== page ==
Shortleaf Pine can be an apt name when it comes to it’s role in the city’s early built environment, relative to the more celebrated Longleaf Pine, which was an important wood for framing commercial structures, due to it’s heavily resinous grain, providing great strength, and resistance to fire and bugs. By the time Southern lumber companies doubled back for the broader and less resinous Shortleaf Pine, NYC was starting to gain more access to Western Douglas Fir and could make-do with other conifers. Shortleaf entered the mix nonetheless, though it can be hard to distinguish from it’s counterpart, Loblolly (Pinus taeda), so that both exist in varying lumber volume, essentially from the beginning of the modern era in the 20th century.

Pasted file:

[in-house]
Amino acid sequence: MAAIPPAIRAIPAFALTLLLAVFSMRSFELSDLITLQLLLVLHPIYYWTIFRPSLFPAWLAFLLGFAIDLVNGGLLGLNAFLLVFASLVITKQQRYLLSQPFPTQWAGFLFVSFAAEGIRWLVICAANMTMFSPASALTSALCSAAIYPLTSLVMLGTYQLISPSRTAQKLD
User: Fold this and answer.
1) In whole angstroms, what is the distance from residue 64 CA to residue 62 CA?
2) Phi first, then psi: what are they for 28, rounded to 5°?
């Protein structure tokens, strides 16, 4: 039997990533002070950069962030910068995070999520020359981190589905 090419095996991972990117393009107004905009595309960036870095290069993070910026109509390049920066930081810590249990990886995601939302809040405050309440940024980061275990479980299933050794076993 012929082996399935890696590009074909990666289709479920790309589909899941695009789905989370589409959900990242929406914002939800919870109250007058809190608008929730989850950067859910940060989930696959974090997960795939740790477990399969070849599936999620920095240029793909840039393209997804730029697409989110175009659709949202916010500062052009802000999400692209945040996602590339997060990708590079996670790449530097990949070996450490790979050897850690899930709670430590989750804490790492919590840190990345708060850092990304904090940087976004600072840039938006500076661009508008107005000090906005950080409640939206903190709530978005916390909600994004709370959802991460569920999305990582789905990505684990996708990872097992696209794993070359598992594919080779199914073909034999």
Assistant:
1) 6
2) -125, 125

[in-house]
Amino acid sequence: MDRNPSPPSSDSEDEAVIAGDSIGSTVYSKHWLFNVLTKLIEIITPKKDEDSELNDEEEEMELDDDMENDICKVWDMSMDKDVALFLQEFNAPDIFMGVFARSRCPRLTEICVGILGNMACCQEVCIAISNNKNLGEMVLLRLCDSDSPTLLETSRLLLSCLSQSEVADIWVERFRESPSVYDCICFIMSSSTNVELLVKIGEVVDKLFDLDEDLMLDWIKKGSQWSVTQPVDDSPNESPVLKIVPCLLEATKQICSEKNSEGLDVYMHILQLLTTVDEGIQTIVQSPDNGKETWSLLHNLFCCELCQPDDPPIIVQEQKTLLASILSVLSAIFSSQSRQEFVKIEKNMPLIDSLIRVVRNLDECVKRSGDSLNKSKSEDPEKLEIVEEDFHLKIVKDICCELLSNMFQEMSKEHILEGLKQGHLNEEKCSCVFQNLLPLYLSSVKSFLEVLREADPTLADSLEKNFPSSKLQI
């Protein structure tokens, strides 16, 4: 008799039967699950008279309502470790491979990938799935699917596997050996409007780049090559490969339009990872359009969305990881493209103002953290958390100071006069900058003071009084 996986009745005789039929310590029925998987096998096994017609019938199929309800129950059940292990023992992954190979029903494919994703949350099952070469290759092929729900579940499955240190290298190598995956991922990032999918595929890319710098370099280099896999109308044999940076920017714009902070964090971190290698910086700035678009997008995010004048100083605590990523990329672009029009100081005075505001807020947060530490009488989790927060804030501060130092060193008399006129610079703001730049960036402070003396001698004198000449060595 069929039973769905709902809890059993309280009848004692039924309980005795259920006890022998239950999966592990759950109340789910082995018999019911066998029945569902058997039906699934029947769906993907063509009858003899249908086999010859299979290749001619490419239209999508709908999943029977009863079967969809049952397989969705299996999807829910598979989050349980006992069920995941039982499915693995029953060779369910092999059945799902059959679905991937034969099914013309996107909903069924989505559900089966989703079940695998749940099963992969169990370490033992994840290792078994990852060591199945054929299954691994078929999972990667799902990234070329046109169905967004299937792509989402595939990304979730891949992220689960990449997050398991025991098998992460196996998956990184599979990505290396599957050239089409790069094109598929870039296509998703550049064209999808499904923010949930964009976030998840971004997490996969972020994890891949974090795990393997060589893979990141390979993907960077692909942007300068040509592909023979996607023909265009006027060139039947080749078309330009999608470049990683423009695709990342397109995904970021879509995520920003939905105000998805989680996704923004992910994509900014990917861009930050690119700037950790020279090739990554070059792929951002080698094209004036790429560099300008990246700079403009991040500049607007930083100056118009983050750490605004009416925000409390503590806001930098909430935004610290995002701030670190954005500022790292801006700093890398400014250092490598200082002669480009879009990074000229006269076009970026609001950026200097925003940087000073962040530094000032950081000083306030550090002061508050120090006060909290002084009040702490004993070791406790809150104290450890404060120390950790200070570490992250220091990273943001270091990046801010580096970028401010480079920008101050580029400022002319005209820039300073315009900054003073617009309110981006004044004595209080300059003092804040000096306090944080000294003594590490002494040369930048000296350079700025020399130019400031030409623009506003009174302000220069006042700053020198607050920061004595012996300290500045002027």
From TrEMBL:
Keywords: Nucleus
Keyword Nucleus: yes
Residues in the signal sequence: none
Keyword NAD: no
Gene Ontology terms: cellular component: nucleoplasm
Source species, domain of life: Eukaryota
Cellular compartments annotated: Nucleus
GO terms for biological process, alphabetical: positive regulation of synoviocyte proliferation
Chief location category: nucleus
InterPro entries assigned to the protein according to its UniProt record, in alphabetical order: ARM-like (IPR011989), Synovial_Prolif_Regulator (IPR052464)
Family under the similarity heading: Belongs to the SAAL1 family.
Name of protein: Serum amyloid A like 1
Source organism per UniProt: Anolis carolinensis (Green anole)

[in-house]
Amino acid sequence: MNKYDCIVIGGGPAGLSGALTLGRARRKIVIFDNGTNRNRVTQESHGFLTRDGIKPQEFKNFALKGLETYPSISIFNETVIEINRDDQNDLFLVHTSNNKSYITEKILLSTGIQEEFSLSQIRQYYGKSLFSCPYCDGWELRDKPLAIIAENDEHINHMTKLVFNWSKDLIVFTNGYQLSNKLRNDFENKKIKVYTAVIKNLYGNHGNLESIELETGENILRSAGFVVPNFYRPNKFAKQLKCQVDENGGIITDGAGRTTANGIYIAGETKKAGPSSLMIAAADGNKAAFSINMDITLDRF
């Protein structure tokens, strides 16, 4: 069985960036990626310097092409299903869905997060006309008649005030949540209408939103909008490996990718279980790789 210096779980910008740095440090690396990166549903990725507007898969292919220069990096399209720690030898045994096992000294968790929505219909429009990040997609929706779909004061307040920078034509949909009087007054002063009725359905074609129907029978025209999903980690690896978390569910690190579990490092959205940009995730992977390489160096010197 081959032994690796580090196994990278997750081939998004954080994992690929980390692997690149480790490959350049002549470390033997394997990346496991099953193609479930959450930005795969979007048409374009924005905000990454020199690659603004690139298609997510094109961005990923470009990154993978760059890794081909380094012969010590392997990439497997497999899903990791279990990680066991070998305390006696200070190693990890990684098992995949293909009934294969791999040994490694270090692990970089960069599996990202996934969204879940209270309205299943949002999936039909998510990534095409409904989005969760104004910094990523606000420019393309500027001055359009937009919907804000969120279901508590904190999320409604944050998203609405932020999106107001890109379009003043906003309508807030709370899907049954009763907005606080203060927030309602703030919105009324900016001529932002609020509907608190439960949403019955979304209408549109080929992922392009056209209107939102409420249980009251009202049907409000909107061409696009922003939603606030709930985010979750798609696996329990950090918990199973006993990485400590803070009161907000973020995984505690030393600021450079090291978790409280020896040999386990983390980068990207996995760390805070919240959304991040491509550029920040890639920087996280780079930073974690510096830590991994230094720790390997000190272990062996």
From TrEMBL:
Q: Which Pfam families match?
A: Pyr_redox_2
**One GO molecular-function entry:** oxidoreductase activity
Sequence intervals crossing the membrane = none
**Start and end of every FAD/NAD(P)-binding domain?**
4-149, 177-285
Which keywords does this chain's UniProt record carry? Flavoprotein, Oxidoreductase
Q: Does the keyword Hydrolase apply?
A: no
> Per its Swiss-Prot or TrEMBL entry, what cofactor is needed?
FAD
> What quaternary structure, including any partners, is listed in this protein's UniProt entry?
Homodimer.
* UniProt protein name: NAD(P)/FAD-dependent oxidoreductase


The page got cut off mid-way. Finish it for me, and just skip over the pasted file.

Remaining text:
Shortleaf has an ability to grow on a wide range of soil and natural conditions. While an NYC resident today (in the most literal sense), it was formerly a home and food source for a range of wildlife – quail, doves, meadowlark, rabbits, songbirds. white-tailed deer, and of course the red-cockaded woodpecker.
Basic Shortleaf and Loblolly uses include lumber, plywood, and pulpwood for paper. It’s easy to work and takes a stain and paint well.